The second processor 324 is responsible for the DSP interface. After being removed out of reset by the first processor 316, the second processor 324 copies code from the first local memory 318 to its local memory 326 (a second local memory such as an SDRAM) and begins executing the code out of the second local memory 326. Further, the second processor 324 initializes the DSP's on the DSP modules 302 1 . . . 302 N. The second processor 324 handles the data transfer to/from the DSP's on the DSP modules 302 1 . . . 302 N from/to the second memory 326 and handles various data-centric tasks such as protocol-specific-packetization. For one embodiment, the two processors interact with each other via interrupt-based messaging and/or software mailboxes/semaphores. In an alternate embodiment, the two processors are replaced by a single processor.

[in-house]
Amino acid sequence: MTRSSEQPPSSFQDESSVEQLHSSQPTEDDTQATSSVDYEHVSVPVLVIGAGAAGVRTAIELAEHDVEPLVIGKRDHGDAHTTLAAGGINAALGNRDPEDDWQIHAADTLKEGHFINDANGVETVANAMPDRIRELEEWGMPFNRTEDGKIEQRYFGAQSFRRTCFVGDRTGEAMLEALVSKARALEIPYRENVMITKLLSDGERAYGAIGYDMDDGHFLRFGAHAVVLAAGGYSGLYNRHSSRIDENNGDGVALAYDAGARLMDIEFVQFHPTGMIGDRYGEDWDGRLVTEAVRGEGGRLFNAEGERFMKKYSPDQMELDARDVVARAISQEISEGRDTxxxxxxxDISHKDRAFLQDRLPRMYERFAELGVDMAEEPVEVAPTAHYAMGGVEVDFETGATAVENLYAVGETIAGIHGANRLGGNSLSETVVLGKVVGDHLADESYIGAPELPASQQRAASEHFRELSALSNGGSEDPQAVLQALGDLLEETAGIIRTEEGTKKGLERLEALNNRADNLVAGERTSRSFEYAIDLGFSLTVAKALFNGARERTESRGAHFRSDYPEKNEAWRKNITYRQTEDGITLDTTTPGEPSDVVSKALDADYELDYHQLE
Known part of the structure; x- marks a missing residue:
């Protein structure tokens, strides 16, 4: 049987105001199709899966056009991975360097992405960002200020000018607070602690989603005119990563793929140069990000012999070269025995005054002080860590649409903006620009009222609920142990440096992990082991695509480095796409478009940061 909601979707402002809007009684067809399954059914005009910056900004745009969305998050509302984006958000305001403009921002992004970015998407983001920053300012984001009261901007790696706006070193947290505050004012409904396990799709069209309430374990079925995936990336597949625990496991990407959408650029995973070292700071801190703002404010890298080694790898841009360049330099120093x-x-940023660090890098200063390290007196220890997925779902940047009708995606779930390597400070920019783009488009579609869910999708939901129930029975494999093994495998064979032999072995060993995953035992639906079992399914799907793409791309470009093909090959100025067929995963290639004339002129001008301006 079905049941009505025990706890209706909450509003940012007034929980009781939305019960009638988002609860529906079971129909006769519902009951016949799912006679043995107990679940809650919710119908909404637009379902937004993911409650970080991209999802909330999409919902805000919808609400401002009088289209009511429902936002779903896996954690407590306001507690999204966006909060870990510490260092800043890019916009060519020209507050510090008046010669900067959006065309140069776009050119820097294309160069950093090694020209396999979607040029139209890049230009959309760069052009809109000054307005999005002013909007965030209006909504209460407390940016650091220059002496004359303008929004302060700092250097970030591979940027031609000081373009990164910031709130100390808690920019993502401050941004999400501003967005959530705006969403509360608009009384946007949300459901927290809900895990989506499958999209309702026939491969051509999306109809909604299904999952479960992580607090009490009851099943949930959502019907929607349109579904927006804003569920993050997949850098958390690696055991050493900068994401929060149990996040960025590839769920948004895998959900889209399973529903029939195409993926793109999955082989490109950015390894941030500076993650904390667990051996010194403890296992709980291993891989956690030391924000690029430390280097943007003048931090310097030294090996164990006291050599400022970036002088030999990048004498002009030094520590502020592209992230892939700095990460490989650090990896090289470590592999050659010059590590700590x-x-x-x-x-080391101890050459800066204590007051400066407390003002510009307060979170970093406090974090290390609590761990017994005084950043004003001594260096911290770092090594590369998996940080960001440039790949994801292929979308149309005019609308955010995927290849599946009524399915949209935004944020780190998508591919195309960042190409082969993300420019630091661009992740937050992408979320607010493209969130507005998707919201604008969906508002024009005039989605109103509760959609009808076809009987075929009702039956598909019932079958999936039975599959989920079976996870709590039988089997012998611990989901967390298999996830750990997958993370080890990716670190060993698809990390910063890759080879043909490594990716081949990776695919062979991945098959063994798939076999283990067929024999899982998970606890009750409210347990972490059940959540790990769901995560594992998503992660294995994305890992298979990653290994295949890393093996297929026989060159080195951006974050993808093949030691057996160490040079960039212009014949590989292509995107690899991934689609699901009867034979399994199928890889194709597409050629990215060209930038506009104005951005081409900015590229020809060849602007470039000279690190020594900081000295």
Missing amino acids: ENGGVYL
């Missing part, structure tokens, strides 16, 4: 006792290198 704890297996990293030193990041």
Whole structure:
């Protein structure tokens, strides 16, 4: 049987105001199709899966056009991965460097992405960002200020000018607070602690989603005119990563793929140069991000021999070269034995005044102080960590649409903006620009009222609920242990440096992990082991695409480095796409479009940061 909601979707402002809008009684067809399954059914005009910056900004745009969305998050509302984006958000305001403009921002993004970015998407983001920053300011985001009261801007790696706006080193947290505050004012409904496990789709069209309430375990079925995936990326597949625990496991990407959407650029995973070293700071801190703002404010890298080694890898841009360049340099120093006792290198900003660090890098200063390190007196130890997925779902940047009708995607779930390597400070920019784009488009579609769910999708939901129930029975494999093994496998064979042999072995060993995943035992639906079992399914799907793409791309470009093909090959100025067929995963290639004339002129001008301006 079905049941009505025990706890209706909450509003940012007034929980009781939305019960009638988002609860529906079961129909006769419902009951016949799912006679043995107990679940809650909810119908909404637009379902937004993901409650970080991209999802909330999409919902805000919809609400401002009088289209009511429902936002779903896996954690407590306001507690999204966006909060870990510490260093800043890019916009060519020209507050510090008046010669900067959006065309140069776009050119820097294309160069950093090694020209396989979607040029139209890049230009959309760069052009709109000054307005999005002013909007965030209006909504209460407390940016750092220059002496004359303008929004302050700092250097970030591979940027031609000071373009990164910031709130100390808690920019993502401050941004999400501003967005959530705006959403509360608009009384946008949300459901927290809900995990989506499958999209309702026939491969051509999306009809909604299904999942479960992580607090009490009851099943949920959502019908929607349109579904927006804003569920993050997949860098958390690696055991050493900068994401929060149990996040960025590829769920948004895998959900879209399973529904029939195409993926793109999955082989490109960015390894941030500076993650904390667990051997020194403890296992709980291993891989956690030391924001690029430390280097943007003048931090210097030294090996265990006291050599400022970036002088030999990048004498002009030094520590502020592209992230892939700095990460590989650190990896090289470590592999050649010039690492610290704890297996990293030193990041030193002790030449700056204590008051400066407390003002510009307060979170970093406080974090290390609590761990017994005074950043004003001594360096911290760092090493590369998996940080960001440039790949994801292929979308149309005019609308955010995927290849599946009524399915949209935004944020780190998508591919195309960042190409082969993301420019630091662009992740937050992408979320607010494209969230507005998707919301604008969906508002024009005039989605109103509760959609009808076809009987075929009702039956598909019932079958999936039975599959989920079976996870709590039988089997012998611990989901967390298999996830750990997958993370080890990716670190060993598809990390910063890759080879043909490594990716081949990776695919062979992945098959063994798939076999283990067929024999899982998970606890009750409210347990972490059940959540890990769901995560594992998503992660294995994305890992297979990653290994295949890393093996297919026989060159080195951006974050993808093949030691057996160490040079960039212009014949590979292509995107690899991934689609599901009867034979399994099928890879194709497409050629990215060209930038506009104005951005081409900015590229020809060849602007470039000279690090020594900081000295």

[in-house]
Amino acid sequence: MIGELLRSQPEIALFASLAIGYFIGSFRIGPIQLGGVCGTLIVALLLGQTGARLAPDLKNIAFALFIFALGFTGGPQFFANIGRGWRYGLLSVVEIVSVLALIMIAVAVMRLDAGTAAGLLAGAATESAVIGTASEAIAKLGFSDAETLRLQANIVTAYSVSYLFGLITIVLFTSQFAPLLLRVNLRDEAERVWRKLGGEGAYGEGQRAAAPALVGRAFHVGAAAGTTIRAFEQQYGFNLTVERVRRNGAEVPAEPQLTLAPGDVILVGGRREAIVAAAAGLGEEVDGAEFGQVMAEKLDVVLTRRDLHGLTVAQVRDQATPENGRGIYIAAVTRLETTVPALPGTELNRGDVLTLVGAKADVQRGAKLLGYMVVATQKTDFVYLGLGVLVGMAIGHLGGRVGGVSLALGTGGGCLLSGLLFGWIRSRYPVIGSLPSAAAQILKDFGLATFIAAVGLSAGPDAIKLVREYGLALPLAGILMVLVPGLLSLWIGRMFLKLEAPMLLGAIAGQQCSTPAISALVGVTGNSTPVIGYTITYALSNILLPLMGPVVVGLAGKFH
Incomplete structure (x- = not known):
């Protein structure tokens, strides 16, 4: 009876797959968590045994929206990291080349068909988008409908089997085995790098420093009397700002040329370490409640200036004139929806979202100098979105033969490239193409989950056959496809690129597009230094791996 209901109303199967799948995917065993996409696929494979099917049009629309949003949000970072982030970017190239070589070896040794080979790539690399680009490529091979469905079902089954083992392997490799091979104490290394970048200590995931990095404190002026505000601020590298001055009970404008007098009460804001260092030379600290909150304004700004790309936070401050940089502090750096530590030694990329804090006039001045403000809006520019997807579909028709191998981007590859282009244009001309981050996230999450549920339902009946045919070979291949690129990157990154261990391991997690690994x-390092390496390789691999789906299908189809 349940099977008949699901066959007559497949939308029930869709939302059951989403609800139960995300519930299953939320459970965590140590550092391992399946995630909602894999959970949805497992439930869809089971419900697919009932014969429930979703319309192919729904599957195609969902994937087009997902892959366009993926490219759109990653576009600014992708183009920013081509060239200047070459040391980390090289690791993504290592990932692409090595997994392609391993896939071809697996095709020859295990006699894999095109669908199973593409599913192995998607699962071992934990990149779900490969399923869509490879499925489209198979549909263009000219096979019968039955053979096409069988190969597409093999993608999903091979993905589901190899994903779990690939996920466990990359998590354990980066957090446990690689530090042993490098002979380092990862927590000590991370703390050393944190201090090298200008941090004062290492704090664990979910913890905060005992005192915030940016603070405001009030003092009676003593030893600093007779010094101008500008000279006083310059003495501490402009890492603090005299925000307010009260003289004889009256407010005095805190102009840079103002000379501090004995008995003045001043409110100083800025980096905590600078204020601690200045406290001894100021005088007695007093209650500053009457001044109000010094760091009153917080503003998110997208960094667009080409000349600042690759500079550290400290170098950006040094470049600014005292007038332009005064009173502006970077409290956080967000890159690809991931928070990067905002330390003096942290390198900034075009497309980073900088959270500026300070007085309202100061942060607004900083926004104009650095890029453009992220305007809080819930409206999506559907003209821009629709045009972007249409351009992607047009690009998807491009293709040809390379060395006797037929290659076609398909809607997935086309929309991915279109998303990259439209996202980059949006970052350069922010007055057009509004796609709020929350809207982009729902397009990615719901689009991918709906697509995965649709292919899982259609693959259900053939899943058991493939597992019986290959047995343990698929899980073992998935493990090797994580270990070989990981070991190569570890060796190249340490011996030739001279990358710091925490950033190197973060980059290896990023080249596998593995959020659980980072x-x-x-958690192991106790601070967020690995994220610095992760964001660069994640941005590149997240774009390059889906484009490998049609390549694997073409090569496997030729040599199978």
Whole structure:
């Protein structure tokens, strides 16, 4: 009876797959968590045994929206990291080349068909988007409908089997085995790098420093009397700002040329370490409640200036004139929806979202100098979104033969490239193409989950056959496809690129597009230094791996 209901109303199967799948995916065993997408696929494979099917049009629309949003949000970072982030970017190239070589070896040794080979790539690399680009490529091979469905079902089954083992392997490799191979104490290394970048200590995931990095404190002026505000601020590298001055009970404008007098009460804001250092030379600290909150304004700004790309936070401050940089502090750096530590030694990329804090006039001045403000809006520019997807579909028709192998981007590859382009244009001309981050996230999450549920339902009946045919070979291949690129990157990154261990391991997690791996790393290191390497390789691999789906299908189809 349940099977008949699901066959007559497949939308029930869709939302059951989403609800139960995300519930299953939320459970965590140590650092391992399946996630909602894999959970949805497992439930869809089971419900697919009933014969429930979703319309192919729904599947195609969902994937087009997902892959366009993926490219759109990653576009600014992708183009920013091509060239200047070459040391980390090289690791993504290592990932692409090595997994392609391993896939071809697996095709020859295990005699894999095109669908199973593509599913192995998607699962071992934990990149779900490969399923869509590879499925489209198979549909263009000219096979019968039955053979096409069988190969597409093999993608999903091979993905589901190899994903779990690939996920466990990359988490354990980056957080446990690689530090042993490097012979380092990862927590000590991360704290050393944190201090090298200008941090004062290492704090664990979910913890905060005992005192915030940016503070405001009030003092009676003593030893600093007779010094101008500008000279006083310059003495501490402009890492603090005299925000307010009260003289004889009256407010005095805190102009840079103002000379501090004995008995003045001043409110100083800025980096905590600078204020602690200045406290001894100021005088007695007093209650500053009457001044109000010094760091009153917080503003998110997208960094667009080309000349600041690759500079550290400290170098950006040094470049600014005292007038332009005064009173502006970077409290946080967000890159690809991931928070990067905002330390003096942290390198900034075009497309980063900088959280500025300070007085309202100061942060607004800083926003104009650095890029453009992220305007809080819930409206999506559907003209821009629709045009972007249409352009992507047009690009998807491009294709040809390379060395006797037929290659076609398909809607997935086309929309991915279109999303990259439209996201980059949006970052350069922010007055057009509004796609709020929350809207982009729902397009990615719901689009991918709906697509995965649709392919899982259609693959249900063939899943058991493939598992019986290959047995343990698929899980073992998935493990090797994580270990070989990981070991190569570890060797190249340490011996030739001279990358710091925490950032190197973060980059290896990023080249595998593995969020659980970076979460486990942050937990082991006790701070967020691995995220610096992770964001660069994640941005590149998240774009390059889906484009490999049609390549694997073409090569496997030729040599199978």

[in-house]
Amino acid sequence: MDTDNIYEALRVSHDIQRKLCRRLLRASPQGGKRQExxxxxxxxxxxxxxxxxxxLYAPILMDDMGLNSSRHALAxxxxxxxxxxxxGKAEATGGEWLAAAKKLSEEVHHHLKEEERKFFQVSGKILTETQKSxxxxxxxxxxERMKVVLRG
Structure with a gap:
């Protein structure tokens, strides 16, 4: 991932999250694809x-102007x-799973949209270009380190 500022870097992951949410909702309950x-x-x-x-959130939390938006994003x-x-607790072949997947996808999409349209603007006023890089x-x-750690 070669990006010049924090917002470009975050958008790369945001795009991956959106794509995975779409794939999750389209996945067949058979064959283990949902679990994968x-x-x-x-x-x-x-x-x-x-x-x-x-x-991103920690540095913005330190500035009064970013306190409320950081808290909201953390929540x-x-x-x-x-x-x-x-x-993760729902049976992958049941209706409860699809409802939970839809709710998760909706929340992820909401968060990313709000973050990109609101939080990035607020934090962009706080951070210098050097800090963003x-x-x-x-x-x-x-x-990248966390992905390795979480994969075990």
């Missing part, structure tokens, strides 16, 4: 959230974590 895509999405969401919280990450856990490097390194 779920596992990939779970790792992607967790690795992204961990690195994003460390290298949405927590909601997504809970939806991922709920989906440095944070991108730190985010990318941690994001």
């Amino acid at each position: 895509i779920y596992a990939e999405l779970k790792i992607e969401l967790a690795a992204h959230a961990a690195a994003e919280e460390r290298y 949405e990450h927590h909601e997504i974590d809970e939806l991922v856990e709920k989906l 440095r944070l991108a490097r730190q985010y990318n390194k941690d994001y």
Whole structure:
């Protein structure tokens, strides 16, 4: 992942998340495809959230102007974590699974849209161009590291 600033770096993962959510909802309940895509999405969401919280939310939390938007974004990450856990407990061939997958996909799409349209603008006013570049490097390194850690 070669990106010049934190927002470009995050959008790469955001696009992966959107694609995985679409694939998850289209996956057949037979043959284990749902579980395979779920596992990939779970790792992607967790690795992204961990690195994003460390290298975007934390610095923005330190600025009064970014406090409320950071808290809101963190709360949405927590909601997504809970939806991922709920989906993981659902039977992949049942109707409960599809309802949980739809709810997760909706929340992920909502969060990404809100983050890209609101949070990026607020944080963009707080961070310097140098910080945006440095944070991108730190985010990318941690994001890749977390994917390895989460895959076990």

The TDM switch 322 under software control (via software images 200 1 . . . 200 N) routes the individual timeslots (DSOs) from any TDM port to any other TDM port. This allows routing of voice connections (DSOs) from any given port to any other port on board across the T1/E1 ports 300 1 . . . 300 4 in case of ‘Voice’ applications. For one embodiment, the TDM switch 322 provides sixteen TDM ports in each direction. The spare ports are wired to Serial Communication Controllers (SCCs) 345 (TDM ports 1 and 2) on both processors. The single platform hardware architecture with the TDM switch 322 allows the single platform for use for Voice/ATM/Frame-Relay and other applications with the corresponding software images 200 1 . . . 200 N.